Urban Fantasy is really brought to the extreme here, with magic more believably integrated into ‘our’ world than I would have thought possible. The descriptions of the riots and violence after the Fae made themselves known and witches came out of the broom closet gave me chills, and there are even powerful political parties within the world against ‘non-humans’. Some of the bigotry demonstrated harkens back to real life in a way that definitely drives the point home.

The Fae and witches and their dynamics in this novel’s world are just great. Their different uses of magic are fascinating, and I loved hearing about all the specific abilities witches alone can have (these witches being ‘wyrd witches’, often powerful in their ability, but paying a steep price in using them – and if they don’t use their magic, it seeps out of them in dangerous ways!). With folks such as grave witches around, those very rare magic users who can raise shades from corpses, see ghosts and even peer into the terrifying, decaying land of the dead, we see into a deeper world. Though it’s really only hinted at, the things that live in the wastes of the land of the dead sound way scary. Definitely not somewhere you want to be trapped if you’re a ghost reluctant to move on to whatever’s next.

Which brings me to the soul collectors. Damn, these guys are awesome. The collectors are this story’s iteration of what we might call ‘grim reapers’ and their job, yep you guessed it, is to take the souls of the dead to wherever the hell they go. Operating through magic all their on, they’re beings utterly shrouded in mystery, invisible and impossible to sense by any other than the dead – and powerful grave witches. And anti-social and governed by rules unknowable to mere mortals as they may be, that doesn’t stop one soul collector from being our heroine’s oldest, closest friend. Hey, if you met the only living person who could touch you and through that make you capable of eating pizza and drinking coffee, you’d hang around too! And it was definitely interesting to find out that Death is a snarky, sassy babe.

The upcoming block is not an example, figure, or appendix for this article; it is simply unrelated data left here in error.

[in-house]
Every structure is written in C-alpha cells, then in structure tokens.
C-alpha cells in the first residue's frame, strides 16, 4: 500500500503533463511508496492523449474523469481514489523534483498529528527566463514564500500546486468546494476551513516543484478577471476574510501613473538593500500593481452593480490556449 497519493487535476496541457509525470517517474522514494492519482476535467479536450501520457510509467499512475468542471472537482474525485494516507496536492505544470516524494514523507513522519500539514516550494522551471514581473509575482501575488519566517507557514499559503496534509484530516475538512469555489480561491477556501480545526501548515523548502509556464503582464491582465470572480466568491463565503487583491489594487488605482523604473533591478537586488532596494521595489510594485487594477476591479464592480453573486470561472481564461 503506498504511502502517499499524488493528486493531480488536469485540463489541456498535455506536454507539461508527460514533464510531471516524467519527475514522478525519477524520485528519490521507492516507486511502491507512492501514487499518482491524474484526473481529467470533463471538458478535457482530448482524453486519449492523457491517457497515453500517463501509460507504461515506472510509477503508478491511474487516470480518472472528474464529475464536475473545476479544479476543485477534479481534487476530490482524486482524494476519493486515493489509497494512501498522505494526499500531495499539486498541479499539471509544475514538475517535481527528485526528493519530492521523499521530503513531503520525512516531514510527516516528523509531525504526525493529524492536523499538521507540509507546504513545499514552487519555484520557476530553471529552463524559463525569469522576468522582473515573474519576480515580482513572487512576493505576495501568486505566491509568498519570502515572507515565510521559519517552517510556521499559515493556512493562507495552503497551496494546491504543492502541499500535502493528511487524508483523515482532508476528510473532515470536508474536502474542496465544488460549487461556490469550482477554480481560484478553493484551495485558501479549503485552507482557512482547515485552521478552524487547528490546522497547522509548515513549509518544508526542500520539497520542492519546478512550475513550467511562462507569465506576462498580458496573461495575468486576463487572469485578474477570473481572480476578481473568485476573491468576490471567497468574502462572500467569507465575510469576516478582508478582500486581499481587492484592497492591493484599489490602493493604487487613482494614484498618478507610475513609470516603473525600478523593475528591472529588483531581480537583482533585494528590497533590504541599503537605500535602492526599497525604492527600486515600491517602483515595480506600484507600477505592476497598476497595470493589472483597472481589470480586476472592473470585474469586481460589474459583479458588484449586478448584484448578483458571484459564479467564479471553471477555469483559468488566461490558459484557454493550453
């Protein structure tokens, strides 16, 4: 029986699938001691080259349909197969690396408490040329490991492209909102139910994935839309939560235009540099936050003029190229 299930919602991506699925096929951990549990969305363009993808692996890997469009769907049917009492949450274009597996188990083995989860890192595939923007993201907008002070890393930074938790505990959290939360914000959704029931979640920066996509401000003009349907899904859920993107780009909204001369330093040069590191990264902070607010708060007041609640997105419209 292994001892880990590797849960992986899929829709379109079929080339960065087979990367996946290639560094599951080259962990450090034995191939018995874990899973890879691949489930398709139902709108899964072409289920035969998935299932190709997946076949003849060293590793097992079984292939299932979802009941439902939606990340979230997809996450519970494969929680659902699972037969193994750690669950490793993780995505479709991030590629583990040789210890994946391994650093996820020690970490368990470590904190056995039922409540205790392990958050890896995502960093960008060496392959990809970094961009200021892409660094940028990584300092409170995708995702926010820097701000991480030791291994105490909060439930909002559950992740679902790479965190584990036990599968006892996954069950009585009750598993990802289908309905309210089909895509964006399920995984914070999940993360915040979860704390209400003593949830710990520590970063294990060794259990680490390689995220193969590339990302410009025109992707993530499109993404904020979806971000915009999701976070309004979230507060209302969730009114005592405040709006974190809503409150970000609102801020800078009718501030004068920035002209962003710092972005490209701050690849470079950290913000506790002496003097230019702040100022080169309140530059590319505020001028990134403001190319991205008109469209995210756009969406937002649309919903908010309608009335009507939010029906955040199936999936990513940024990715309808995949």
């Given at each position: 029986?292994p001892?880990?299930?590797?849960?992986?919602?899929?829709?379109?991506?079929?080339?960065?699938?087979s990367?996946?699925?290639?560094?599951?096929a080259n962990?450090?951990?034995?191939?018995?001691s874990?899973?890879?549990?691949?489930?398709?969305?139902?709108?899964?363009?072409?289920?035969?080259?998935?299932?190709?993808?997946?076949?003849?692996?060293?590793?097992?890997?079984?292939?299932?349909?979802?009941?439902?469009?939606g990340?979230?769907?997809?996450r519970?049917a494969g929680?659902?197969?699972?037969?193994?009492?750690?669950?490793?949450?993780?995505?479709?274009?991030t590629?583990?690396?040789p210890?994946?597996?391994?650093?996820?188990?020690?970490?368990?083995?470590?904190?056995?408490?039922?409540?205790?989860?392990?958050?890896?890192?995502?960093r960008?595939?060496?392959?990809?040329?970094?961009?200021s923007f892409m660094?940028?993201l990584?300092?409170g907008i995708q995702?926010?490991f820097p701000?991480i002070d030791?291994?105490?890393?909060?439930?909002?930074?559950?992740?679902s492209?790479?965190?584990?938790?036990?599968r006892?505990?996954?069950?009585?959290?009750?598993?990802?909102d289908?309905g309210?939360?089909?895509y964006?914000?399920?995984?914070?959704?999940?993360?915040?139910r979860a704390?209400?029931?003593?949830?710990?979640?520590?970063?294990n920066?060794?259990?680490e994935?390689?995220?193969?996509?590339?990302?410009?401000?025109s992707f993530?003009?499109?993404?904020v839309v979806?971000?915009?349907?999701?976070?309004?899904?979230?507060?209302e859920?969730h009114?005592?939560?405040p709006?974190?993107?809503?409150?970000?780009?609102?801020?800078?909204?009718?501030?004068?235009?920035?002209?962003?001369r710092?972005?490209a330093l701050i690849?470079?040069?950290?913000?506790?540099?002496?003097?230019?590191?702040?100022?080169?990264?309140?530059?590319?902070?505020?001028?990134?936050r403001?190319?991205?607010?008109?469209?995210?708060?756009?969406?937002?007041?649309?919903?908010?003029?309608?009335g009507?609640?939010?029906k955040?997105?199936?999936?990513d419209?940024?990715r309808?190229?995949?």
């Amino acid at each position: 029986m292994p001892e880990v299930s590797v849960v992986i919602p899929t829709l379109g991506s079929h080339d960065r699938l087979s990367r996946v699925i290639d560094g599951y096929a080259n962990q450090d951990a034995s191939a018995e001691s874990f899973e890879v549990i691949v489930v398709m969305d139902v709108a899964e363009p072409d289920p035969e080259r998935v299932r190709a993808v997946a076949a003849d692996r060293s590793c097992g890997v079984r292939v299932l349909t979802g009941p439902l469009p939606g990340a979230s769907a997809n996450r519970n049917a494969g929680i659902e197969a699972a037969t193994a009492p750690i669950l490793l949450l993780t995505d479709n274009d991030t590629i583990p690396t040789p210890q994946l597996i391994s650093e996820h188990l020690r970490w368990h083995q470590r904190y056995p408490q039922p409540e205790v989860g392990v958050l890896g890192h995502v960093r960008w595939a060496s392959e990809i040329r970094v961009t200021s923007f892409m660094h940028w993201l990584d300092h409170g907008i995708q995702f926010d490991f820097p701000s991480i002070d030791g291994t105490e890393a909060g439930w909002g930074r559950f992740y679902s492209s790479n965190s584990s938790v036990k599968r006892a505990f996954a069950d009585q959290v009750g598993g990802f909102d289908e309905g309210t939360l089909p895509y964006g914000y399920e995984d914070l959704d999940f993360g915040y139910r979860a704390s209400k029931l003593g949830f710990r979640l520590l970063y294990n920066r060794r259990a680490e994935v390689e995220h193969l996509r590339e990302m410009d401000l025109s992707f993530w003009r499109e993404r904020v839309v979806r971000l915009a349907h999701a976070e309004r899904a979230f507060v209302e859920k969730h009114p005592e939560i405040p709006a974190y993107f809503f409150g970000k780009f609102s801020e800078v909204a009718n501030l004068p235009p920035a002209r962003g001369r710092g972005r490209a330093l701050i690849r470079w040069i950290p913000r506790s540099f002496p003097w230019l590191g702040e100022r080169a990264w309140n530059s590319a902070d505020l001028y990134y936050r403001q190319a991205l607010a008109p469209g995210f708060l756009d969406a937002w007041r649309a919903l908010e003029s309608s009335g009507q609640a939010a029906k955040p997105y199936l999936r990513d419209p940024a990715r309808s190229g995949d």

Alex Craft is everything I adore in UF heroine. She’s tough and weird and funny, never a self-righteous prude, not too judgemental to others for their life choices (as long as people aren’t being disembowelled because of them, of course). Very much not arrogant, but has plenty of self-confidence and she’s damn well going to make sure haters know it. She is far from perfect with her abandonment issues, her quick-decisions, recklessness and often her blindness – both metaphorical and literal, at times. She is her own person, reluctant to lean on anyone, but so very grateful to those who add support anyway. Death, of course (wow, that’s weird to say) supports her where he can, and she even has a new partner in solving-crime-but-also-kind-of-committing-crime-because-why-the-hell-not, Falin Andrews, mysterious detective who may or may not be human and who may definitely be an ass. A useful ass, but the point stands. I have to say, he has yet to win me over completely. I enjoy his scenes, and I don’t dislike him. But I don’t exactly want to swaddle him up in a bundle of blankets and protect him, which is the symbol of truly beloved characters, as we all know.

The prose itself is wonderful. It’s never too pretentious, but beautifully descriptive and rich, as well as great in conveying emotions. It’s the type of writing that just flows off the page and paints a fabulously dynamic picture in your imagination. Grave Witch is just full of engaging writing that kept me glued to the book and left me dying for more.

The book builds itself up with action and development to an intense climax, filled with great revelations.

Although, if I’m honest here, some of these revelations were a little predictable. But it personally didn’t take the fun out of the story, nor out of watching Alex discover things in her own time. I could seriously read everything about this character and her life, she’s that much fun.

The story was generally steady-to-fast paced, but it did slow in a couple of places, and I did catch myself skimming when I hit them, though it didn’t exactly take a heroic measure of patience to keep going – the book drags you in quite well.

4.5/5 Stars, Very few complaints, all in all, and I am excited for an Urban Fantasy series in a way I have so missed!

Amazon UK

Amazon US

Goodreads

Kalayna Price

– Meg

Penny Dreadful, Review

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Penny Dreadful is horror series, freshly finished its first season, from Showtime, taking classic horror stories and characters from old favourites such as DraculaFrankenstein, and The Picture of Dorian Gray and placing fascinating new twists layered over plot-points to create a unique and engaging story. In it, African explorer Sir Malcom Murray hunts relentlessly for his kidnapped daughter, Mina Murray (or Harker, seeing as she was recently married) with the aid of Vanessa Ives and Sembene, later enlisting the help of Ethan Chandler and Dr. Victor Frankenstein. But they find a lot more than just vampires in their search. Something old and evil haunts Vanessa, posing links to both the vampires, and Christian and Egyptian mythology both, even as some unknown horror stalks the streets of London, leaving carnage in its wake.